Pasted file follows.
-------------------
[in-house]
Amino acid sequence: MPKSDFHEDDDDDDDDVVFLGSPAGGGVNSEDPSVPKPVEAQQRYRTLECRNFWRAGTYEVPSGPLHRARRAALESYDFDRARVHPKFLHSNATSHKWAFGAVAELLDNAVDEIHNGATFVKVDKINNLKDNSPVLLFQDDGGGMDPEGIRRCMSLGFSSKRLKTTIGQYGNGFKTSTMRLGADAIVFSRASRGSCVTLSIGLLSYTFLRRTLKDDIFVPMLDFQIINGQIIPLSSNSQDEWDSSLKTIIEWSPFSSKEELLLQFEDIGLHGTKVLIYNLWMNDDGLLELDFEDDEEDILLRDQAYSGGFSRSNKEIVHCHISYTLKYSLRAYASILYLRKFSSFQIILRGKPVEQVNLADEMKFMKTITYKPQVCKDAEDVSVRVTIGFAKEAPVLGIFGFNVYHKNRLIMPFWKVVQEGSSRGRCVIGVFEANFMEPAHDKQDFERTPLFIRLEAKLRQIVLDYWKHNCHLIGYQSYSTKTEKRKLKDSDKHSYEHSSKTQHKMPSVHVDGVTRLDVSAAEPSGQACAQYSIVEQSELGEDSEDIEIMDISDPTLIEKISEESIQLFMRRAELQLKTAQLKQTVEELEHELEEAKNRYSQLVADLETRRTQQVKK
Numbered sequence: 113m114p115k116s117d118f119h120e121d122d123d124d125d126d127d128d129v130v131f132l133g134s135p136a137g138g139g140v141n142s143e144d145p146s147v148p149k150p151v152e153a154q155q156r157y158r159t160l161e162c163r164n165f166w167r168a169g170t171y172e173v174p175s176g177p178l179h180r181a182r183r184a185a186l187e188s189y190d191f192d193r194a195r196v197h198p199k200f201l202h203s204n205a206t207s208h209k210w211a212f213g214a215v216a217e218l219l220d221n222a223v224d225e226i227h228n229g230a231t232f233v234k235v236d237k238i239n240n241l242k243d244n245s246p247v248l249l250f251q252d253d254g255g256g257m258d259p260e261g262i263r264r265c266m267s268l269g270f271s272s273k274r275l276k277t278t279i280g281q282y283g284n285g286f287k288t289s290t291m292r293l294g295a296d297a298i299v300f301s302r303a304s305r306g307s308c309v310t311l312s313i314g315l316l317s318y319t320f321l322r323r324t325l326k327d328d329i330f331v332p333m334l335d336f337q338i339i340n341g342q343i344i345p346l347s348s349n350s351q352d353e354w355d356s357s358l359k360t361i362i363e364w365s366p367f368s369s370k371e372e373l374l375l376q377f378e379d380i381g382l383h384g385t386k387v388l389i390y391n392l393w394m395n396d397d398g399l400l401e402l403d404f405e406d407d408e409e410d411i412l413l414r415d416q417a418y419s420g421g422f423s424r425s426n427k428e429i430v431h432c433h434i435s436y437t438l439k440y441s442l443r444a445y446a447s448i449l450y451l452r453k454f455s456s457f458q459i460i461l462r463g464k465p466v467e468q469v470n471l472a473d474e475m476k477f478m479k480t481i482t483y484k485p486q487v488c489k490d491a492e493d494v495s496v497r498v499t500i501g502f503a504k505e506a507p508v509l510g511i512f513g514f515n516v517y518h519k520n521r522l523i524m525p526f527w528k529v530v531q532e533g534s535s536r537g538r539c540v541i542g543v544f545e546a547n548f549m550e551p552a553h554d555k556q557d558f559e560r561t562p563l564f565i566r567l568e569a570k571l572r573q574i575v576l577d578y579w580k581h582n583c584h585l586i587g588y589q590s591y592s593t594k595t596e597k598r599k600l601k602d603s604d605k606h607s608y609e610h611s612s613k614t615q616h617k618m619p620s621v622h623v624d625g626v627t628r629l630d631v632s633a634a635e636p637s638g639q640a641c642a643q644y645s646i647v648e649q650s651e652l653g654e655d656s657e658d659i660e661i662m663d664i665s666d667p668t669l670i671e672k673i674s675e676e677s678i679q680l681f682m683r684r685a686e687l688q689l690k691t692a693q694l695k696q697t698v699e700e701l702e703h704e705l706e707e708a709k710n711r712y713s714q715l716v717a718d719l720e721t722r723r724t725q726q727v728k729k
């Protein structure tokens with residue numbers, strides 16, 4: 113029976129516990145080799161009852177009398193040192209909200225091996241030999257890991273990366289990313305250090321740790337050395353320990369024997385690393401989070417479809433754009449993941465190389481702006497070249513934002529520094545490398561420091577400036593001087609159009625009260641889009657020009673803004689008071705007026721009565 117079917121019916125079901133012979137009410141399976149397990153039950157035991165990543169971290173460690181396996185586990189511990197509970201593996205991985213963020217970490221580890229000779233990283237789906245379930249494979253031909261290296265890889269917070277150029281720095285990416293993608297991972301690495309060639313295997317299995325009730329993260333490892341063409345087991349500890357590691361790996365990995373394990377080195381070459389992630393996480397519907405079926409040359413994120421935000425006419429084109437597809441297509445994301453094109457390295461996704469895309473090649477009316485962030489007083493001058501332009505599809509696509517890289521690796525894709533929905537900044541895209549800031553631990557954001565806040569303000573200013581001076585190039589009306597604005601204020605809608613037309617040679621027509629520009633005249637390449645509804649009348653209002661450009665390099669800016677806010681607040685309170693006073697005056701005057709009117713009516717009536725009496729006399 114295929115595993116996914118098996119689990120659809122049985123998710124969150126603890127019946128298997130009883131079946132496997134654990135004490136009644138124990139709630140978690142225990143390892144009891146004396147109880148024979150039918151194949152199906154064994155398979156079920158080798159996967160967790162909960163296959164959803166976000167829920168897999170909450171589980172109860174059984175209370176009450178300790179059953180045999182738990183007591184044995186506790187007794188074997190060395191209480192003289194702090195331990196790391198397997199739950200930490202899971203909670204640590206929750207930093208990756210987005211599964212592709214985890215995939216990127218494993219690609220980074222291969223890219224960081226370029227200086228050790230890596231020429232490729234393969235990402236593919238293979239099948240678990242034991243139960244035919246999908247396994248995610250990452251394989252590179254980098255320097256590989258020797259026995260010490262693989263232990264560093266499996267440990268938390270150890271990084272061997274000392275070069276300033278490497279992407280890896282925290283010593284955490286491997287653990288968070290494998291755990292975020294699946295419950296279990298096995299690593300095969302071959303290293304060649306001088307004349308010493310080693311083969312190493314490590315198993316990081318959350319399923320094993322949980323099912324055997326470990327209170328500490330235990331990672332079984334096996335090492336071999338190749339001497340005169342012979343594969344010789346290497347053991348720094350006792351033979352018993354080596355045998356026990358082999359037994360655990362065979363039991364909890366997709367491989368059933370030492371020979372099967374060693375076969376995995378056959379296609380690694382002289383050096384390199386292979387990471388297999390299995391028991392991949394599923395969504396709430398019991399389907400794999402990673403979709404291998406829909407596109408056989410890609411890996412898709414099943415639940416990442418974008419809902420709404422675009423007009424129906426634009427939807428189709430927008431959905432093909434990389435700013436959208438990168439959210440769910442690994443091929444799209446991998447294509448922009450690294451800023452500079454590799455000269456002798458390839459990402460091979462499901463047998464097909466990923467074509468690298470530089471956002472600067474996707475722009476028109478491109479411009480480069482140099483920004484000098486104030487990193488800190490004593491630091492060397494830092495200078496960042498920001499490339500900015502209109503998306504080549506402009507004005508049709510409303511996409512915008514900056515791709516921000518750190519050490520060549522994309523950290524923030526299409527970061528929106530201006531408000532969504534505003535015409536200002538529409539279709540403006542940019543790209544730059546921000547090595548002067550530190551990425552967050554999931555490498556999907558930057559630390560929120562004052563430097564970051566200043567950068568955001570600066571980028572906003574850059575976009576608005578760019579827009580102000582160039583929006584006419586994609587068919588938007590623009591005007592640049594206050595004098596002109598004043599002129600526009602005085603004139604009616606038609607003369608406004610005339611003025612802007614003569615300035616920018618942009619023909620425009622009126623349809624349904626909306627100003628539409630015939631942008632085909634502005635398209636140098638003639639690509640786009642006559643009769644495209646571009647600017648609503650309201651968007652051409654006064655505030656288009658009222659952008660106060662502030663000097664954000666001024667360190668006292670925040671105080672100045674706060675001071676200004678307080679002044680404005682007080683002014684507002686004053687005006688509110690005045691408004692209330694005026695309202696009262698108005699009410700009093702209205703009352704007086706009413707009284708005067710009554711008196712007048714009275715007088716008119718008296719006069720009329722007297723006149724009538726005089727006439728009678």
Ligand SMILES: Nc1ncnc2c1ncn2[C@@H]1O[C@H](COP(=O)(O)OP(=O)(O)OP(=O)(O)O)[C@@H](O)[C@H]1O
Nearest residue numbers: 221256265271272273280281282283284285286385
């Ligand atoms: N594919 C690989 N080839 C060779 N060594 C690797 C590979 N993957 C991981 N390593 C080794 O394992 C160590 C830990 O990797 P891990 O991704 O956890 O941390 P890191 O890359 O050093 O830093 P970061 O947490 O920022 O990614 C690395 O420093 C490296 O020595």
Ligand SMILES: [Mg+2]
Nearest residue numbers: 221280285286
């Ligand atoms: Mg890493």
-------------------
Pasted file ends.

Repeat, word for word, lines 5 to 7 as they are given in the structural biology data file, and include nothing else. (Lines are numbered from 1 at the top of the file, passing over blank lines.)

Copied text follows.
Ligand SMILES: Nc1ncnc2c1ncn2[C@@H]1O[C@H](COP(=O)(O)OP(=O)(O)OP(=O)(O)O)[C@@H](O)[C@H]1O
Nearest residue numbers: 221256265271272273280281282283284285286385
């Ligand atoms: N594919 C690989 N080839 C060779 N060594 C690797 C590979 N993957 C991981 N390593 C080794 O394992 C160590 C830990 O990797 P891990 O991704 O956890 O941390 P890191 O890359 O050093 O830093 P970061 O947490 O920022 O990614 C690395 O420093 C490296 O020595």